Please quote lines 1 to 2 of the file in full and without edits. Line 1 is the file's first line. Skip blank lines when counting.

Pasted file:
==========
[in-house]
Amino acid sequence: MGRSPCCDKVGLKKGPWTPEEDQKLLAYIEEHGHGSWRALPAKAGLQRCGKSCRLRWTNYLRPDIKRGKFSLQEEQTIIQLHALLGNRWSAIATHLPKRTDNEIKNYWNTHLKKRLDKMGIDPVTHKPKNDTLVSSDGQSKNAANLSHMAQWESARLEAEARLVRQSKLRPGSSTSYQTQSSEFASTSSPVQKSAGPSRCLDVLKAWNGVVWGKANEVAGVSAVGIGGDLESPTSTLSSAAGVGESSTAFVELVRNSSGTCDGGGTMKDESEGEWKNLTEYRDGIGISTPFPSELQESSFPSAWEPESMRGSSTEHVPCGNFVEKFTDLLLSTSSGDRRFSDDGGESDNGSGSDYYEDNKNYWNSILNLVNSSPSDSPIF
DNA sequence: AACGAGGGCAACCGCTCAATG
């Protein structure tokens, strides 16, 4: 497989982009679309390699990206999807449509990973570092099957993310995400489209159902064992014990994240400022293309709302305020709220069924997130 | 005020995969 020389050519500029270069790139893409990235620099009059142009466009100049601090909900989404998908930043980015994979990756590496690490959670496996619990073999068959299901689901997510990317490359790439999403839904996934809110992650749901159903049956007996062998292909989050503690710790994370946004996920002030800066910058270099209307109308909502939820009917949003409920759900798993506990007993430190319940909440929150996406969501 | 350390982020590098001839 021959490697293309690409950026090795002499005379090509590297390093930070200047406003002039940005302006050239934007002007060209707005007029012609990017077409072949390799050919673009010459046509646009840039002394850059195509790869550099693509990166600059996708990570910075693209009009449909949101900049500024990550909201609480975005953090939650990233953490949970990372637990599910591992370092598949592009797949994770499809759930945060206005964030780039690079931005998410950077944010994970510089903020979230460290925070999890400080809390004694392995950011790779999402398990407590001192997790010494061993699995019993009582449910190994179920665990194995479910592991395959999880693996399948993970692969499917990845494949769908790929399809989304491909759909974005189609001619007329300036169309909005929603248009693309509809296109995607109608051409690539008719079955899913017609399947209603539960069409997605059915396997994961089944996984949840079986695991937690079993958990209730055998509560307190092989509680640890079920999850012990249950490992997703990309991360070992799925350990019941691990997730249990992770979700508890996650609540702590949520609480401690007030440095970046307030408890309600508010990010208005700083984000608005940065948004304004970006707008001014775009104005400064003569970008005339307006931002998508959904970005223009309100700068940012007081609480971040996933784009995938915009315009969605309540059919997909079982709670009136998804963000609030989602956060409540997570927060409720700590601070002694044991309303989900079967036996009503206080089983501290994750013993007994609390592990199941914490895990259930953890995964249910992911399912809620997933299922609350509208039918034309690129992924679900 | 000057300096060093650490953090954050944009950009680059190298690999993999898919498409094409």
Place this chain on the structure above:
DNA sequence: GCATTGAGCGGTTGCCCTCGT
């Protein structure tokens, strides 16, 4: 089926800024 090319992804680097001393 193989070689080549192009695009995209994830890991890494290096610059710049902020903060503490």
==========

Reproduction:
[in-house]
Amino acid sequence: MGRSPCCDKVGLKKGPWTPEEDQKLLAYIEEHGHGSWRALPAKAGLQRCGKSCRLRWTNYLRPDIKRGKFSLQEEQTIIQLHALLGNRWSAIATHLPKRTDNEIKNYWNTHLKKRLDKMGIDPVTHKPKNDTLVSSDGQSKNAANLSHMAQWESARLEAEARLVRQSKLRPGSSTSYQTQSSEFASTSSPVQKSAGPSRCLDVLKAWNGVVWGKANEVAGVSAVGIGGDLESPTSTLSSAAGVGESSTAFVELVRNSSGTCDGGGTMKDESEGEWKNLTEYRDGIGISTPFPSELQESSFPSAWEPESMRGSSTEHVPCGNFVEKFTDLLLSTSSGDRRFSDDGGESDNGSGSDYYEDNKNYWNSILNLVNSSPSDSPIF